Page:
Realities of Allergies in Lifestyle

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To keep those of us who have food allergies or intolerances safe, it’s important that people who serve food and drink make it clear what’s in their products. This guide will help you know what info to look out for when choosing food and drink at home and on the go.

If you’ve got a food allergy, your immune system reacts to some substances you eat that other people find harmless. Most allergic reactions are mild, with common symptoms including things like itchy red rashes on your skin, or swelling of the face. That said, severe allergies can cause a reaction called anaphylaxis – more commonly known as anaphylactic shock. This can be fatal if not treated immediately.

Food intolerance is different from an allergy. That’s because it doesn’t involve the immune system. This means food intolerances aren’t generally life-threatening although they can make life difficult.

There are 14 ingredients that cause allergies or intolerances that must be identified on pre-packed food labels. These are:

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  • Celery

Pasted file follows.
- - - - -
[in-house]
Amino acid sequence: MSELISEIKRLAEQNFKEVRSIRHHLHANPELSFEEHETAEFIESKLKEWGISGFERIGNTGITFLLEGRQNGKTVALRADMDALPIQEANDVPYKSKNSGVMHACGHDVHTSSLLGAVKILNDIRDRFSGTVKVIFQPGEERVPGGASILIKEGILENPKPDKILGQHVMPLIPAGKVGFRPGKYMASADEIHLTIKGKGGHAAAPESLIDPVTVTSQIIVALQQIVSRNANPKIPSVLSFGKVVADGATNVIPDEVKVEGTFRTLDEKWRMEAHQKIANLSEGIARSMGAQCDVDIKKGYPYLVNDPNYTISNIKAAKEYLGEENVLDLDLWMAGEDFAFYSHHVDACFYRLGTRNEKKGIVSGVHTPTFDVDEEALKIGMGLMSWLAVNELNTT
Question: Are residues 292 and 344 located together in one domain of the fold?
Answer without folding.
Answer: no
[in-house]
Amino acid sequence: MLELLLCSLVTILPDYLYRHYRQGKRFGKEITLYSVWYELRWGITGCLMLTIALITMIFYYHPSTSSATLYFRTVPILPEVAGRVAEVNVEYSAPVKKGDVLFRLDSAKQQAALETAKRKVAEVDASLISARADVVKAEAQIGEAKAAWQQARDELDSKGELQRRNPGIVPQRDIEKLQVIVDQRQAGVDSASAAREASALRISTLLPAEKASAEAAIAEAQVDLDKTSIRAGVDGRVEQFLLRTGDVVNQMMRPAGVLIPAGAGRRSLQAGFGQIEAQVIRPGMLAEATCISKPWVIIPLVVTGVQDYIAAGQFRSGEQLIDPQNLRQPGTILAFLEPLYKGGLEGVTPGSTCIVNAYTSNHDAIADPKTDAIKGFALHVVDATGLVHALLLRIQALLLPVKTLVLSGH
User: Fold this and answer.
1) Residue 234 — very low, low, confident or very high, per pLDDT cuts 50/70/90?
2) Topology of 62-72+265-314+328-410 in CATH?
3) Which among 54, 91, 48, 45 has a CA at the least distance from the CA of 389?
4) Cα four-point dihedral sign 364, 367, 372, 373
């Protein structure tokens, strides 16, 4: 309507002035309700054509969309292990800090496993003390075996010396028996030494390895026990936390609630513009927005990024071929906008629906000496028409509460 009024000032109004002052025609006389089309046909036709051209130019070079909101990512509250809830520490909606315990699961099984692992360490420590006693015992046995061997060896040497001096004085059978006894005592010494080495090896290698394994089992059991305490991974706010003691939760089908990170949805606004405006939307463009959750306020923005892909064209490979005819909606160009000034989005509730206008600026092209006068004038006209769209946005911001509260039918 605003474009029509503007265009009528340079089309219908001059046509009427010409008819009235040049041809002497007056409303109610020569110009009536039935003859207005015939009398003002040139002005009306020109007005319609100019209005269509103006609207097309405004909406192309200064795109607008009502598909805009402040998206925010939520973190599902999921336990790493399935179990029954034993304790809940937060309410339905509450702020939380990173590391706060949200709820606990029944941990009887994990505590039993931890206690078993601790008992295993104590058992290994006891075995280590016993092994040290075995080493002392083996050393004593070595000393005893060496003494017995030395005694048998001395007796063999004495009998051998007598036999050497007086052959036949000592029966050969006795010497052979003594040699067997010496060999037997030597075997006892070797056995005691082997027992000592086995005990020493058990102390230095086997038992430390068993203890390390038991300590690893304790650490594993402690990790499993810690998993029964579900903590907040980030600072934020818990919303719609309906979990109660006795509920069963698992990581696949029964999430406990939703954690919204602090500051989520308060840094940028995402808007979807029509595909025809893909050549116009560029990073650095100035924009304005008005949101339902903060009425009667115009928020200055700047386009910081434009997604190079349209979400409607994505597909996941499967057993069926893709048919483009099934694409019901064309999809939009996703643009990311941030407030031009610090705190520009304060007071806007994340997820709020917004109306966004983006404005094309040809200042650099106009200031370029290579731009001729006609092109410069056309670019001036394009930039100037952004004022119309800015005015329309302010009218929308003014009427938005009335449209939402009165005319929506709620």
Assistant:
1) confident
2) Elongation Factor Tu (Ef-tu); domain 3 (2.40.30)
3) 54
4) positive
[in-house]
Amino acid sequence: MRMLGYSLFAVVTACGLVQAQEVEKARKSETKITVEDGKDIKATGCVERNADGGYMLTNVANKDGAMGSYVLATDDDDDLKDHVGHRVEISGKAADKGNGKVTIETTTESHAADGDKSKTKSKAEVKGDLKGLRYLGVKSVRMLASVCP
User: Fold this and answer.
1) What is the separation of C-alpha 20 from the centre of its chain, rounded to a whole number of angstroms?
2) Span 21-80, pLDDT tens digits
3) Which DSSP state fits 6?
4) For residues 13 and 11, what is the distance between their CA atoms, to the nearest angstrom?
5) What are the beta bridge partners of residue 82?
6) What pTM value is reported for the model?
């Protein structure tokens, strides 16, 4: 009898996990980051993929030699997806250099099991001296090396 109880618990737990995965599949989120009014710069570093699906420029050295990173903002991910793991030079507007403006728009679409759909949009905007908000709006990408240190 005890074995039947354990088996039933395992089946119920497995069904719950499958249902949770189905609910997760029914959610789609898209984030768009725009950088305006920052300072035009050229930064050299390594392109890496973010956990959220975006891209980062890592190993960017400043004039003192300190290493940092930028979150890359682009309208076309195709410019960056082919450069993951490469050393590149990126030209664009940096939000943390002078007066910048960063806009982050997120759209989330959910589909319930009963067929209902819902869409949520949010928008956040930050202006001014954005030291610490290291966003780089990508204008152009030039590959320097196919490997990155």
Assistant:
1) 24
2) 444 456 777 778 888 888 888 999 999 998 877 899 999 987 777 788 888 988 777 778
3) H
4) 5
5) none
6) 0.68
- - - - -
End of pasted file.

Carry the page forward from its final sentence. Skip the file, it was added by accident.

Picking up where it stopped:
• Cereals containing gluten
  • Crustaceans (e.g. prawns and crabs)
  • Eggs
  • Fish
  • Lupin (seed and flour)
  • Milk
  • Molluscs (e.g. mussels, oysters)
  • Mustard
  • Nuts
  • Peanuts
  • Sesame seeds
  • Soybeans
  • Sulphur dioxide & sulphites (over 10 mg/kg or 10 mg/l).

What about food and drink that isn’t sold pre-packed?

They’ve got to have clear information about ingredients available before you buy. Whether that’s on a menu, chalkboard, shelf label, or spoken by staff. If you’re eating out or ordering a takeaway, don’t be afraid to say that you have a food allergy or intolerance. It’s really important to know what you’ve ordered is safe to eat or drink.

If you think you’re allergic or intolerant to an ingredient in food, it’s important you go and get properly diagnosed. Just cutting food groups out of your diet without medical advice isn’t a good idea, because it could mean you miss out on vital nutrients.

Check out more food and drink allergy advice or view a complete list of allergies and intolerances  on the Food Standards Scotland website.

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